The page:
2

I use Rmarkdown with the reticulate package to weave python and R together. However, the process of converting Pandas DataFrames to R Dataframes doesn't appear to work consistently.

Here is a reproducible example:

---
output: html_document
---

```{r setup, include=FALSE}
knitr::opts_chunk$set(echo = TRUE)
```

```{python}
import pandas as pd
df = pd.DataFrame({'a':4, 'b':5, 'c':9}, index=[0])
print(df)
```

```{r}
library(reticulate)
df2 <- reticulate::py$df
print(df2)
print(reticulate::py$df)
```

Expected Result:
I expect a crude rendering of the dataframe (3-times) as follows:

##    a  b  c
## 0  4  5  9

##    a  b  c
## 0  4  5  9

##    a  b  c
## 0  4  5  9

Actual Result:

import pandas as pd
df = pd.DataFrame({'a':4, 'b':5, 'c':9}, index=[0])
print(df)
##    a  b  c
## 0  4  5  9
library(reticulate)
df2 <- reticulate::py$df
print(df2)
##                                   a                                 b
## 1 <environment: 0x000000001dddb808> <environment: 0x000000001decdc58>
##                                   c
## 1 <environment: 0x000000001e000918>
print(reticulate::py$df)
##                                   a                                 b
## 1 <environment: 0x000000001e807f78> <environment: 0x000000001e8fd480>
##                                   c
## 1 <environment: 0x000000001e9ee608>
```

Note, the dataframe prints correctly from python. Once we get into R, it appears as though the R dataframe object is corrupt.

Here is my session information:

## R version 3.5.2 (2018-12-20)
## Platform: x86_64-w64-mingw32/x64 (64-bit)
## Running under: Windows 10 x64 (build 17134)
##  
## Matrix products: default
##  
## locale:
## [1] LC_COLLATE=English_United States.1252 
## [2] LC_CTYPE=English_United States.1252   
## [3] LC_MONETARY=English_United States.1252
## [4] LC_NUMERIC=C                          
## [5] LC_TIME=English_United States.1252    
##  
## attached base packages:
## [1] stats     graphics  grDevices utils     datasets  methods   base     
##  
## other attached packages:
## [1] reticulate_1.10.0.9004
##  
## loaded via a namespace (and not attached):
##  [1] Rcpp_1.0.0      lattice_0.20-38 digest_0.6.16   rprojroot_1.3-2
##  [5] grid_3.5.2      jsonlite_1.6    backports_1.1.2 magrittr_1.5   
##  [9] evaluate_0.11   stringi_1.1.7   Matrix_1.2-15   rmarkdown_1.10 
## [13] tools_3.5.2     stringr_1.3.1   yaml_2.2.0      compiler_3.5.2 
## [17] htmltools_0.3.6 knitr_1.20
3
  • A link to a post in the rstudio community community.rstudio.com/t/…
    – John
    Commented Feb 14, 2019 at 15:46
  • Did you ever figure out the root cause? I spent the last couple of hours looking everywhere.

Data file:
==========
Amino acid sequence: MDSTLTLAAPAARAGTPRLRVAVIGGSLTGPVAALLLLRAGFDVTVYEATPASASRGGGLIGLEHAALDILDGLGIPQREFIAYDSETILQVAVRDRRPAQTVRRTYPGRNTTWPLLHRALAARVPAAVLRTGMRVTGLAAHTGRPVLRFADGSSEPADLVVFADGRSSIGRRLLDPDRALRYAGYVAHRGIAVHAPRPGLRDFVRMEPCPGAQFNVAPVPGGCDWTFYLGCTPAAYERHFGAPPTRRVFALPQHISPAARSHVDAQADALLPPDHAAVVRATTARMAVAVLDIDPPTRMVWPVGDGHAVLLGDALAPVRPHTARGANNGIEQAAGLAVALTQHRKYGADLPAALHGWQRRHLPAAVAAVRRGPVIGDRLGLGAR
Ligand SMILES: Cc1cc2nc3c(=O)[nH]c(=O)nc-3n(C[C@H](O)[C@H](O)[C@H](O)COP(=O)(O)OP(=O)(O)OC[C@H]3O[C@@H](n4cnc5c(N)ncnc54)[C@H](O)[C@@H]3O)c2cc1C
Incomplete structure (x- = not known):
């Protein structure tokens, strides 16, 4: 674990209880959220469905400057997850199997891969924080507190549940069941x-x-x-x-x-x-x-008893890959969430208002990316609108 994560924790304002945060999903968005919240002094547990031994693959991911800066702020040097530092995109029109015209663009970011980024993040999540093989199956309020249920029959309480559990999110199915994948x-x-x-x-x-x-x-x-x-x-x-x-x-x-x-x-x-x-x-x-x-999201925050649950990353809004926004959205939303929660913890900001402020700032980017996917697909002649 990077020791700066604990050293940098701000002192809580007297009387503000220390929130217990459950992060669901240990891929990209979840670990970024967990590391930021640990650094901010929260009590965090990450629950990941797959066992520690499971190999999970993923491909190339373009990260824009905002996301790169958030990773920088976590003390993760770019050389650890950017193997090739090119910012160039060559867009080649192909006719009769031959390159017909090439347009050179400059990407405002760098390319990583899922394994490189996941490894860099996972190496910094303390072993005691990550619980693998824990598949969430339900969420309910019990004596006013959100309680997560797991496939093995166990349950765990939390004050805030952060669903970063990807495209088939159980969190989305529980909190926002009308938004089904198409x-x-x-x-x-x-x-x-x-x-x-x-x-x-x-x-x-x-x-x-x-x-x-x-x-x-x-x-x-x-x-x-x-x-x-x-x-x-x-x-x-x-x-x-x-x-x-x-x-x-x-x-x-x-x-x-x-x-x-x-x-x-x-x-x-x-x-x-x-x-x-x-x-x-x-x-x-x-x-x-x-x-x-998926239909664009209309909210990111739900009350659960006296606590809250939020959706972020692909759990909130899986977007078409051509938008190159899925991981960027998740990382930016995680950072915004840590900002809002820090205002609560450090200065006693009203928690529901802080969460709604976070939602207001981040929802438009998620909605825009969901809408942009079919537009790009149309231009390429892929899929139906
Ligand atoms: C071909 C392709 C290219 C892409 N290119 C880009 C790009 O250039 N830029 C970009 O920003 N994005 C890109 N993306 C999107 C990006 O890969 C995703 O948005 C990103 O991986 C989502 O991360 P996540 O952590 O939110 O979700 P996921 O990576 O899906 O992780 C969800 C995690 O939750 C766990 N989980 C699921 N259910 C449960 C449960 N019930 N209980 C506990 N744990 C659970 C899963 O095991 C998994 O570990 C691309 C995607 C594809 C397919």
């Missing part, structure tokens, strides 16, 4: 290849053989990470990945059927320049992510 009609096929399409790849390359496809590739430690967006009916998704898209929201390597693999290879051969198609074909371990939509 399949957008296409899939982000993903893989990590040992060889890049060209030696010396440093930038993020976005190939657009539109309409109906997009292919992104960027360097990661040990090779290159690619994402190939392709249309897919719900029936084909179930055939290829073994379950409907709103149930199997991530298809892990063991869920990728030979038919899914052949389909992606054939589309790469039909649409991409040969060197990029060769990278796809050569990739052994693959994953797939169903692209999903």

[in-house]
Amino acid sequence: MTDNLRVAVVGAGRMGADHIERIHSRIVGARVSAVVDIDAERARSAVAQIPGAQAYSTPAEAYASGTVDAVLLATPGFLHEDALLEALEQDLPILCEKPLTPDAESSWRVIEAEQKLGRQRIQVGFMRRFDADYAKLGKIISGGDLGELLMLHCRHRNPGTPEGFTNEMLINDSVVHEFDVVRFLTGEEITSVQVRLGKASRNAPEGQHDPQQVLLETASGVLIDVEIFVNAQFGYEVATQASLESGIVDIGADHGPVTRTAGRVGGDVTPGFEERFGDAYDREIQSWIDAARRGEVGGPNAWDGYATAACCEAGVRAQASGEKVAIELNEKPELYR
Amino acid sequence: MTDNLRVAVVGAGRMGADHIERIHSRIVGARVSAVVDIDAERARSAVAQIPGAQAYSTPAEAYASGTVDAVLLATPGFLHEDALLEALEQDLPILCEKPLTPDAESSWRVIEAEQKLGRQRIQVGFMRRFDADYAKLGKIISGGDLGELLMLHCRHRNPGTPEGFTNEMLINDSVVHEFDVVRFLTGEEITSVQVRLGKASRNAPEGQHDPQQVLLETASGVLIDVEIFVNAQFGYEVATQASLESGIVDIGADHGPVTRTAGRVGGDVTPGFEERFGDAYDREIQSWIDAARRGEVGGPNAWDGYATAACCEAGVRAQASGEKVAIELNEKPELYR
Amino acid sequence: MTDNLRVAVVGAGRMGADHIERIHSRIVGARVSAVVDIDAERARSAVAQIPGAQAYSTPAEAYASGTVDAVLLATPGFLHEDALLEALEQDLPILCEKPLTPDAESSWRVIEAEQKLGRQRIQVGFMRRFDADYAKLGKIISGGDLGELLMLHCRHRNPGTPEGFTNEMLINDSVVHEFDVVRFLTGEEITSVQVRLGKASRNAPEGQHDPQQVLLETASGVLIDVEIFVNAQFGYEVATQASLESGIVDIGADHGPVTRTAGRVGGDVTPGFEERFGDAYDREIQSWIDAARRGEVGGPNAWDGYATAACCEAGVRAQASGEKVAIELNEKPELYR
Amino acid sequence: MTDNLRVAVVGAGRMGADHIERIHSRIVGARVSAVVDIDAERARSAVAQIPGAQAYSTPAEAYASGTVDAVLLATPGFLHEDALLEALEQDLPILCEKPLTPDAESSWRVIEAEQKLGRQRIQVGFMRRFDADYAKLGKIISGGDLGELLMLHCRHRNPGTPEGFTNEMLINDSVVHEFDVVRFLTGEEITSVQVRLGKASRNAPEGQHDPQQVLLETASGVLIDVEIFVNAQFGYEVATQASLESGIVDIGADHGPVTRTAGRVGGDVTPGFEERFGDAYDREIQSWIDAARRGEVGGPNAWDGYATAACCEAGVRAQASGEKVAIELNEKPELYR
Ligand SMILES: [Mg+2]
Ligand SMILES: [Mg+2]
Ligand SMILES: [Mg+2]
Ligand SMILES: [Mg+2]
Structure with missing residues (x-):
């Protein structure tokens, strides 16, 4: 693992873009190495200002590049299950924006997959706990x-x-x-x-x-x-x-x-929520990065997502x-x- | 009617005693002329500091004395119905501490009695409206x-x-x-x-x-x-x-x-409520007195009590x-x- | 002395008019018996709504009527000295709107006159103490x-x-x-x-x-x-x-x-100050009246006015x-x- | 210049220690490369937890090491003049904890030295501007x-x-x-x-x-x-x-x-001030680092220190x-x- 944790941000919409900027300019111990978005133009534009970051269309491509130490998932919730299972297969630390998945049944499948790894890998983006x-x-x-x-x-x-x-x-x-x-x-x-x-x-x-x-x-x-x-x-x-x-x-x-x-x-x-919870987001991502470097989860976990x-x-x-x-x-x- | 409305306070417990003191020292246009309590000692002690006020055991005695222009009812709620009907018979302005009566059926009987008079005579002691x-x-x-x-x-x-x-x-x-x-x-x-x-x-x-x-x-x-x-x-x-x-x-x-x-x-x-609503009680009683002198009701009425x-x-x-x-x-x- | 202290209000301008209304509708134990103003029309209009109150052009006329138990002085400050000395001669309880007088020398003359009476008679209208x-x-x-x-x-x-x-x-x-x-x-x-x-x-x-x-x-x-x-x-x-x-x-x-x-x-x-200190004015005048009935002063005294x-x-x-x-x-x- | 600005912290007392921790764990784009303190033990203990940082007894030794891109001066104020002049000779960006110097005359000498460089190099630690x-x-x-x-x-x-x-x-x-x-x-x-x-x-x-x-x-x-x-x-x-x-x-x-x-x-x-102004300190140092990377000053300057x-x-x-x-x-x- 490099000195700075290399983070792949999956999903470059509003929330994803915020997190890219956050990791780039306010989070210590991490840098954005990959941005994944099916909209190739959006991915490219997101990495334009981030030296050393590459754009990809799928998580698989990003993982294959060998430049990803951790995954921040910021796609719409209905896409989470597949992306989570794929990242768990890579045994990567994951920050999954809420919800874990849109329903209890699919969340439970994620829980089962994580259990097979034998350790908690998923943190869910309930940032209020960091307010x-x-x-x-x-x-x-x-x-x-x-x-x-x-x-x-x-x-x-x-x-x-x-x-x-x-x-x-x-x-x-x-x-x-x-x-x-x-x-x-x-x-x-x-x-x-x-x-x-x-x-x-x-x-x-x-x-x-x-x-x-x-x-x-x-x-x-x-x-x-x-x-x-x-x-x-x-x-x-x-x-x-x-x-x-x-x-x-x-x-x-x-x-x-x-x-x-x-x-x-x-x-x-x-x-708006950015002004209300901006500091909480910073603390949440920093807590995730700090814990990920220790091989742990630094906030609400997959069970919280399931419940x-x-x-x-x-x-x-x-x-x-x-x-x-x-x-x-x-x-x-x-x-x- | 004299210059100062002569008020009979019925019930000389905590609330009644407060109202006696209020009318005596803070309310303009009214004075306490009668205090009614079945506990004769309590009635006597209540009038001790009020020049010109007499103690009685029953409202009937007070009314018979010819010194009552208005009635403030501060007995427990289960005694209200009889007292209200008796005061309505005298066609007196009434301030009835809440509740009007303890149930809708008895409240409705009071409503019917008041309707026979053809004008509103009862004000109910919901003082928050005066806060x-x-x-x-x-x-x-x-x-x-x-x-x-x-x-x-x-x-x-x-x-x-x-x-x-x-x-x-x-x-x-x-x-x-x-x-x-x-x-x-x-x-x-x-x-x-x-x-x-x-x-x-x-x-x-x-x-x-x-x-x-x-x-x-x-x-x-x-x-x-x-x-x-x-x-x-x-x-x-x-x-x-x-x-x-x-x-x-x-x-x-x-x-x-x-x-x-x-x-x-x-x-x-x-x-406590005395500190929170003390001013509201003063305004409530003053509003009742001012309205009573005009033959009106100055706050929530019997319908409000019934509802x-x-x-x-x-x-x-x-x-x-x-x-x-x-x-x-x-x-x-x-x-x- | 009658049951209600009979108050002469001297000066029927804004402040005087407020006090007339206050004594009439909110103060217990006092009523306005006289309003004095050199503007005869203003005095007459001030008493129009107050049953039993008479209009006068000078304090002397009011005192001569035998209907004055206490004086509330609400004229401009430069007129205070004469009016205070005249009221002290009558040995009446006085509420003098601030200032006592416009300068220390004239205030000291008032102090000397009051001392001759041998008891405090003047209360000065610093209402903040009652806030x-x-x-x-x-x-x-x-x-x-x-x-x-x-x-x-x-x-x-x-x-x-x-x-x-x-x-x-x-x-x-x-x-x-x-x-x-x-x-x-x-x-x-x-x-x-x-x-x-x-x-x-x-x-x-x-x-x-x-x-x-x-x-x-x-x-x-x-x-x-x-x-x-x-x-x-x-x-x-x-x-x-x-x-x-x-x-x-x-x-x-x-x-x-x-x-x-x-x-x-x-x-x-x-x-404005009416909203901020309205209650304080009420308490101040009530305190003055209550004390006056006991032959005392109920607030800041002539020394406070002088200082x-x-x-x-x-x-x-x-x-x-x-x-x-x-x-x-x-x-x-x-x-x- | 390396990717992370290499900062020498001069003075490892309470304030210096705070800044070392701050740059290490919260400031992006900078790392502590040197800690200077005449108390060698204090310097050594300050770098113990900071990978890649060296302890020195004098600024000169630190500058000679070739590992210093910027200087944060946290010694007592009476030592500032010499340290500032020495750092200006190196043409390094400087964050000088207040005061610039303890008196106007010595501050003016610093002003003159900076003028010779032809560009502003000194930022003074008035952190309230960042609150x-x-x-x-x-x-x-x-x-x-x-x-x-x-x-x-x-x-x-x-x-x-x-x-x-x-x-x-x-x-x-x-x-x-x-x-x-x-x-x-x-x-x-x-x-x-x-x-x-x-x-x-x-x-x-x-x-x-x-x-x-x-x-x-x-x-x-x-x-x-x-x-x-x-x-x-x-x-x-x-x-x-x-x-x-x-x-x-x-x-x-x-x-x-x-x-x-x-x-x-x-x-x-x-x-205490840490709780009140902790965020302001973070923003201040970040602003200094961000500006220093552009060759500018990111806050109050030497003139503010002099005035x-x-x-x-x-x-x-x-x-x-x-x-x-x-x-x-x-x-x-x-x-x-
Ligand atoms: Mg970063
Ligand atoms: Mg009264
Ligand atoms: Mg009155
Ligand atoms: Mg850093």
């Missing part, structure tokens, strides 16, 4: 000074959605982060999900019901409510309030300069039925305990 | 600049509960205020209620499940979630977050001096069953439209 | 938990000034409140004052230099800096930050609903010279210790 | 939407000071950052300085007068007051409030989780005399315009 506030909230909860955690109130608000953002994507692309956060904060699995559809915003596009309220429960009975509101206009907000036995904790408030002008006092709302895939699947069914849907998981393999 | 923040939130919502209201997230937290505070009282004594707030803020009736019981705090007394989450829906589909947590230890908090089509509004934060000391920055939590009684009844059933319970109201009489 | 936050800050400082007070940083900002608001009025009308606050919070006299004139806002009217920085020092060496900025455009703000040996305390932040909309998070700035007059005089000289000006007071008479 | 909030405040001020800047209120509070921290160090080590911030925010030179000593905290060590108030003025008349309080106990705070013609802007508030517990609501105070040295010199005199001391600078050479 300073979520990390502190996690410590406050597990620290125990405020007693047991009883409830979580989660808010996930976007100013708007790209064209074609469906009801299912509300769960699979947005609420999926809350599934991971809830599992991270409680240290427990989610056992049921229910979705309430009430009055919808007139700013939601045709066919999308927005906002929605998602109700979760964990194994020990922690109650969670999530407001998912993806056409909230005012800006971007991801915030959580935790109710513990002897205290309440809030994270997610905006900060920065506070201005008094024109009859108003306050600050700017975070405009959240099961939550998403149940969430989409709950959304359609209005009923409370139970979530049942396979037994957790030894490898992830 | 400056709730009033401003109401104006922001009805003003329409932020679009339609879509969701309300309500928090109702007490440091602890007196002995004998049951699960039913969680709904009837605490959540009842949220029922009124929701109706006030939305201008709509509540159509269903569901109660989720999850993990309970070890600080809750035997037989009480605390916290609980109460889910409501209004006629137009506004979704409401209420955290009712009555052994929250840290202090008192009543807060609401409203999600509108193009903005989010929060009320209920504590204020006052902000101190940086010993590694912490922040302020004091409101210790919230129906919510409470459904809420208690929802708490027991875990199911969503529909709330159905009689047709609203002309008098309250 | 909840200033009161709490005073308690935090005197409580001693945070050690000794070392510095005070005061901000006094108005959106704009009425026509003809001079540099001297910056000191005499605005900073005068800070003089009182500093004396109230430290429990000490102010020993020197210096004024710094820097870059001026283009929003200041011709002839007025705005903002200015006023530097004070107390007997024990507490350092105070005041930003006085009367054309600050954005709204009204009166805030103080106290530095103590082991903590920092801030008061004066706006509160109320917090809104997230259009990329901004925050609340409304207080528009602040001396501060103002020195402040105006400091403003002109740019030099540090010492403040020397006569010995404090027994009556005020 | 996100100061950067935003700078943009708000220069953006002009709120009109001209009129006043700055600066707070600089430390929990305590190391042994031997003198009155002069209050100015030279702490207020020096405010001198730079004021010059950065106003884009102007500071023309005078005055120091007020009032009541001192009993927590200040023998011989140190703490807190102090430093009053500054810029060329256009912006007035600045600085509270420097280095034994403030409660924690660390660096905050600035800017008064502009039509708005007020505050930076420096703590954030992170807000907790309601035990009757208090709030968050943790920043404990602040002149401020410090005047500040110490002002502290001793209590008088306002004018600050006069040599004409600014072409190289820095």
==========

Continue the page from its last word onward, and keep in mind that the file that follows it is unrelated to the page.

– ba_ul
    Commented Apr 11, 2019 at 22:34
  • Not sure what the root cause was, but I ended up doing a clean swipe, uninstalling and reinstalling everything, anaconda, R, R studio Version 1.2.1280. HTH
    – John
    Commented Apr 13, 2019 at 1:17

2 Answers 2

1

I have noticed similar <environment: ...> columns when reading python pandas data frames from R using reticulate. Transforming the column using df["x"].str.strip() for example or df.reset_index() helped in some cases.

Note: the python and R chunks you provide in your question return the expected output on my machine:

> print(reticulate::py$df)
  a b c
0 4 5 9

So it could be that these issues are due to inconsistencies in the pandas or reticulate dependencies.

0

I was able to do it, but the order of functions is a bit different for me. I load the reticulate package early on with the other R packages.

I do the vast majority of the work in Python and then convert it to R to use the DT package for a datable view with Excel and .CSV export buttons.

output:
    html_document:
    toc: false
    toc_depth: 1
---

```{r, loadPython, echo=F}
library(reticulate)
library(tidyverse)
library(DT)

```


```{python, echo=T}
# working with pandas df objects continues from other work
predictions = ts.make_predictions(model,
                               series + ' SARIMAX',
                               start=len(train),
                               end= len(train) + len(oos_exog)-1,
                               exog_data=oos_exog)

# make the OOS intervals
intervals = ts.get_oos_conf_interval(model=model,
                                     steps_ahead=short_horizon,
                                     exog_data = oos_exog)
# this is raw output                                     
print(intervals)
```


```{r, echo=T}
# convert the pandas df object to R DF
r_df <- reticulate::py$intervals


# make a function to make fancy tables in R Markdown using DT package
makeTable <- function(df, end_col){
    datatable(df, extensions = 'Buttons',
              options = list(dom = 'Bfrtip',
                                 buttons = list("excel", "csv")
    )) %>% 
        formatRound(columns = c(1:end_col), digits = 0) 
}
r_df

# output the table
makeTable(r_df, end_col=4)
```

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